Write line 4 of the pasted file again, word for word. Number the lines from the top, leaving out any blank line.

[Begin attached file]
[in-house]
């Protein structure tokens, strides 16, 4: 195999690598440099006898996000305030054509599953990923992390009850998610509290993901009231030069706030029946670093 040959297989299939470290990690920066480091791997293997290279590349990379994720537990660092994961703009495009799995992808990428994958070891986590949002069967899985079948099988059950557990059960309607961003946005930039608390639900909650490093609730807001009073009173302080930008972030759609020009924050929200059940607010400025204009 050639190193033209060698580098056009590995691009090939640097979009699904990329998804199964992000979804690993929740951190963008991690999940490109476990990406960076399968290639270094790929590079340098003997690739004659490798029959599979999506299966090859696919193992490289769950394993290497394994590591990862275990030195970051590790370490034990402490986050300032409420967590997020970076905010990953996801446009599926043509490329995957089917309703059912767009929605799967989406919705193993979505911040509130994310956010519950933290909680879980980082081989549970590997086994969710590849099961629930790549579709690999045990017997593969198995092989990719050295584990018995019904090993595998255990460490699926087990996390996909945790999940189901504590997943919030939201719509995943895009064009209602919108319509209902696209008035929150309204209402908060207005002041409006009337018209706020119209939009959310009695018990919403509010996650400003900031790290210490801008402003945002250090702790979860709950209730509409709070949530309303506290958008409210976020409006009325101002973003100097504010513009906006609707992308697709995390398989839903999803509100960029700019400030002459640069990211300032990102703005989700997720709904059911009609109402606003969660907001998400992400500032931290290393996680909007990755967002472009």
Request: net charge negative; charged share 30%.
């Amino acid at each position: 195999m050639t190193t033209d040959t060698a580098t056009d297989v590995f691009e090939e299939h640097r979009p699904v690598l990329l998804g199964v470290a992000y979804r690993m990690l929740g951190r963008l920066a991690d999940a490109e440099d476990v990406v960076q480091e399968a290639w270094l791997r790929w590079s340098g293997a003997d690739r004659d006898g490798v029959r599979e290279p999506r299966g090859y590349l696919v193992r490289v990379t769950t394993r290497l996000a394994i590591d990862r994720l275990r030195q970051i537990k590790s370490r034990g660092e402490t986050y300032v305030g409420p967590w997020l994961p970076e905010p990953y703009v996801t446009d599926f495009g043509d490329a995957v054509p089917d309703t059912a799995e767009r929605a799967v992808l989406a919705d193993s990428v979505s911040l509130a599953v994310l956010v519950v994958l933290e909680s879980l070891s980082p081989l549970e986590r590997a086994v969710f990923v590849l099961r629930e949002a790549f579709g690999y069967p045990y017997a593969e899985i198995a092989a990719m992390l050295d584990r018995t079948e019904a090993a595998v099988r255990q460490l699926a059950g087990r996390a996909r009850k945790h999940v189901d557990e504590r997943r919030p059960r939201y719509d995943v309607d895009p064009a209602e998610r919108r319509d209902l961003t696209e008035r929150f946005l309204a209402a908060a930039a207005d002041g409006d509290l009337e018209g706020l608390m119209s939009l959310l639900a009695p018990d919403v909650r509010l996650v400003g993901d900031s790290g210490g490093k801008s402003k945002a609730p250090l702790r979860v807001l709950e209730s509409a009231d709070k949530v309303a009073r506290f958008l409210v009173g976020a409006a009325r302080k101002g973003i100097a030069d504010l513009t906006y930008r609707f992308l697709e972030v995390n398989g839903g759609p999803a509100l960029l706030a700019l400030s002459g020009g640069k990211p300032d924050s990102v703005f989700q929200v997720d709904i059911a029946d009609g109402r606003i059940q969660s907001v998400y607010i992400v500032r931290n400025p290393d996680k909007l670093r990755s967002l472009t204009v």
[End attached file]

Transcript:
């Amino acid at each position: 195999m050639t190193t033209d040959t060698a580098t056009d297989v590995f691009e090939e299939h640097r979009p699904v690598l990329l998804g199964v470290a992000y979804r690993m990690l929740g951190r963008l920066a991690d999940a490109e440099d476990v990406v960076q480091e399968a290639w270094l791997r790929w590079s340098g293997a003997d690739r004659d006898g490798v029959r599979e290279p999506r299966g090859y590349l696919v193992r490289v990379t769950t394993r290497l996000a394994i590591d990862r994720l275990r030195q970051i537990k590790s370490r034990g660092e402490t986050y300032v305030g409420p967590w997020l994961p970076e905010p990953y703009v996801t446009d599926f495009g043509d490329a995957v054509p089917d309703t059912a799995e767009r929605a799967v992808l989406a919705d193993s990428v979505s911040l509130a599953v994310l956010v519950v994958l933290e909680s879980l070891s980082p081989l549970e986590r590997a086994v969710f990923v590849l099961r629930e949002a790549f579709g690999y069967p045990y017997a593969e899985i198995a092989a990719m992390l050295d584990r018995t079948e019904a090993a595998v099988r255990q460490l699926a059950g087990r996390a996909r009850k945790h999940v189901d557990e504590r997943r919030p059960r939201y719509d995943v309607d895009p064009a209602e998610r919108r319509d209902l961003t696209e008035r929150f946005l309204a209402a908060a930039a207005d002041g409006d509290l009337e018209g706020l608390m119209s939009l959310l639900a009695p018990d919403v909650r509010l996650v400003g993901d900031s790290g210490g490093k801008s402003k945002a609730p250090l702790r979860v807001l709950e209730s509409a009231d709070k949530v309303a009073r506290f958008l409210v009173g976020a409006a009325r302080k101002g973003i100097a030069d504010l513009t906006y930008r609707f992308l697709e972030v995390n398989g839903g759609p999803a509100l960029l706030a700019l400030s002459g020009g640069k990211p300032d924050s990102v703005f989700q929200v997720d709904i059911a029946d009609g109402r606003i059940q969660s907001v998400y607010i992400v500032r931290n400025p290393d996680k909007l670093r990755s967002l472009t204009v």